Name: Edmund Boyd

Position: Alumnus, Saint Mary's College High School, 1937-1939 Alumnus, Saint Mary's College, 1939-1944, Professor, French, Saint Mary's College, 1954-1959.
Dates associated with Saint Mary's: 1937-1959

Scope and Content: Major topics include: student life at the Windsor St. campus, student clubs and societies.

Interview Conducted by Kathleen Lingley, July 11, 2002

Transcription by Sarah Jones, January, 2004

Transcript: 

KL:   This is Kathleen Lingley from the Saint Mary's University Archives.  It is Thursday July 11, and I am interviewing Mr. Edmund Boyd.

EB:   If you ask me questions it is much easier than to spout off, you know.

KL:   Sure. Well, I've been doing interviews with some other people but I haven't met anyone that was at the College when the Irish Christian Brothers were there.

EB:   Oh yes, yeah. I entered in ‘37 and I was there, a residence student for two years and they left in 1940. And that marked the arrival of the Jesuits and I went into college, I did my college years under the Jesuits.

KL:   Okay.

EB:   Yeah.

KL:   Oh I forgot to ask you, just for tape purposes, what is your full name?

EB:   Well I, uh, just Edmund Boyd.  I have a middle name but I never use it. Patrick Boyd as they say. Just Edmund Boyd, I prefer, you know, just to go under Edmund Boyd.

KL:   Sounds good.

EB:   If there is a question of ambiguity to confuse them I put my middle name, which is Patrick, but as I say I never, never use it.

KL:   Were you born in River Bougeois?

EB:   That's right.

KL:   In what year?

EB:   1924.

KL:   Okay. And, I guess I would like to hear about your experiences with the Irish Christian Brothers.  What day to day life was like, discipline…

EB:   Well they were um… the discipline was by today's standards, it would be quite demanding.  I wouldn't call it harsh.  No one suffered from it.  But uh, we used to get up at 6:30 and go to Mass at 7:00 and then there would be, after breakfast at 7:30 or so, there would be a half-hour there would be a study period before classes would begin, and classes began at 9:00.  And as a high school boarder, there was always a Brother in charge.  They'd rotate every week, some Brother would replace the other, and if you went off the grounds you would have to demand permission.  If you were to go to the barber's or whatever errand. And um, but as a regime it was quite moderate in the sense that no one chafed under the regime, that's for sure.  And in the boarding school for the High School there were about fourteen of us because they didn't have…  There was one large dormitory, which divides into cubicles and the college students of whom there were forty.  Well actually I think there were sixty because there was a room reserved for college seniors.  And the college boarders, they faced the street, that looked out on Windsor Street, whereas the high school boarders, we had the wall behind, you know.  We faced the wall, in that room.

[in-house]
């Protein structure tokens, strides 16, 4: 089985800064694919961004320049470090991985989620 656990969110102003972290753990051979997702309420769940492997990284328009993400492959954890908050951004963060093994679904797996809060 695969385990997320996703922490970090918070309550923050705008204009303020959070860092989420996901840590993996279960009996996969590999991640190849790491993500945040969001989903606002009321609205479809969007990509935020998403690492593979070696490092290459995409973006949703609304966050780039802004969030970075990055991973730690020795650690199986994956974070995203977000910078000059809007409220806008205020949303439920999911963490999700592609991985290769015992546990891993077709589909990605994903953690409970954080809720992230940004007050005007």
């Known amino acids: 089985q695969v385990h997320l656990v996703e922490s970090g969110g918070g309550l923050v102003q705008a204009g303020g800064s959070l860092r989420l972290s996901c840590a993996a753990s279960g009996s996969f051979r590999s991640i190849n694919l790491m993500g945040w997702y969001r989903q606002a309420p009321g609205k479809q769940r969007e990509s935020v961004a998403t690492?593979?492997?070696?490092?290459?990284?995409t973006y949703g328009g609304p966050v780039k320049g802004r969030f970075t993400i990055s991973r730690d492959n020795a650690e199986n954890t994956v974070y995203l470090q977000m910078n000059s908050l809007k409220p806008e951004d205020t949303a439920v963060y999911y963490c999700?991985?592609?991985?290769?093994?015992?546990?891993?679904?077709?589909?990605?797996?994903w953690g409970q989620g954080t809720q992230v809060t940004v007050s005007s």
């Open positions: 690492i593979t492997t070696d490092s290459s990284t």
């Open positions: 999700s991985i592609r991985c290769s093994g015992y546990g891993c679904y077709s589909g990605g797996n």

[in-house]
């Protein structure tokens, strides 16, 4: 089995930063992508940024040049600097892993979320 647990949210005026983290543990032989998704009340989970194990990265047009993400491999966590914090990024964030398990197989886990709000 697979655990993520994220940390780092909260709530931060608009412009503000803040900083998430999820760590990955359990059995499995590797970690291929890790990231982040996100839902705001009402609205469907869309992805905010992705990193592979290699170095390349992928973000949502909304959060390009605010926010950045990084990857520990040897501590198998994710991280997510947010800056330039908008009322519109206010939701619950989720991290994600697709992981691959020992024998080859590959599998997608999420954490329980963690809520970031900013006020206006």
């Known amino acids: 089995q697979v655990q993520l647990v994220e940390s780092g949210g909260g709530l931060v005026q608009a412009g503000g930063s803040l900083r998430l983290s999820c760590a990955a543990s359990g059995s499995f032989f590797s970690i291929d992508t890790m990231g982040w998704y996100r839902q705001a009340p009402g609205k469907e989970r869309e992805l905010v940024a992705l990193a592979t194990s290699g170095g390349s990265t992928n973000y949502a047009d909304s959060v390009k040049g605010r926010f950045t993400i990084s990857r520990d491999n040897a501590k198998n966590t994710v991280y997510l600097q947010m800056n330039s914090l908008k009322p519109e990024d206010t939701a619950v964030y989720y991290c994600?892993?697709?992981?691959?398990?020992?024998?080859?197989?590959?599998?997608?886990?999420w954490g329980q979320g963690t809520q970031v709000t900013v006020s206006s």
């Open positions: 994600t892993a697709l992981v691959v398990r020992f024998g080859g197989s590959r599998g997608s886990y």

KL:   Do you remember how much it was for the boarding fees?

EB:   About three hundred dollars…three hundred and fifty, three hundred…  Ah tuition was sixty.  And then the thing that I remember was that laundry for the whole year was ten dollars.  And the sisters of the Good Shepherd were the ones who did the laundry and [unclear] and came back and so on.  And I think…but you could get a more accurate, if you were to pick up a… um, college brochure.  You know.  What do they call that, the university when they publish that?

KL:   The calendar?

EB:   Calendar.  That's the word.  You could get a calendar for those years and get a little more accurate.  But I think it was about, you know, three hundred…it was certainly under four hundred dollars for the whole boarding and tuition and so on.

KL:   What were you allowed to have in your…your cubicle?

EB:   Well, it was a very, obviously space was very limited.  There was room for a bed and there was a table, there was a chair, and there was a kind of a clothes…with curtains, and so you could hang your clothes in this quasi cupboard.

KL:   And the Brothers, they boarded in the same area?

EB:   They were on the second floor.  Yes.  We were all up on the third floor and they were on the second floor.  They used to go into…We used to see them emerging, going in and out and so on.  We always…There was always a certain mystery about their quarters.  [Unclear] to preserve the community.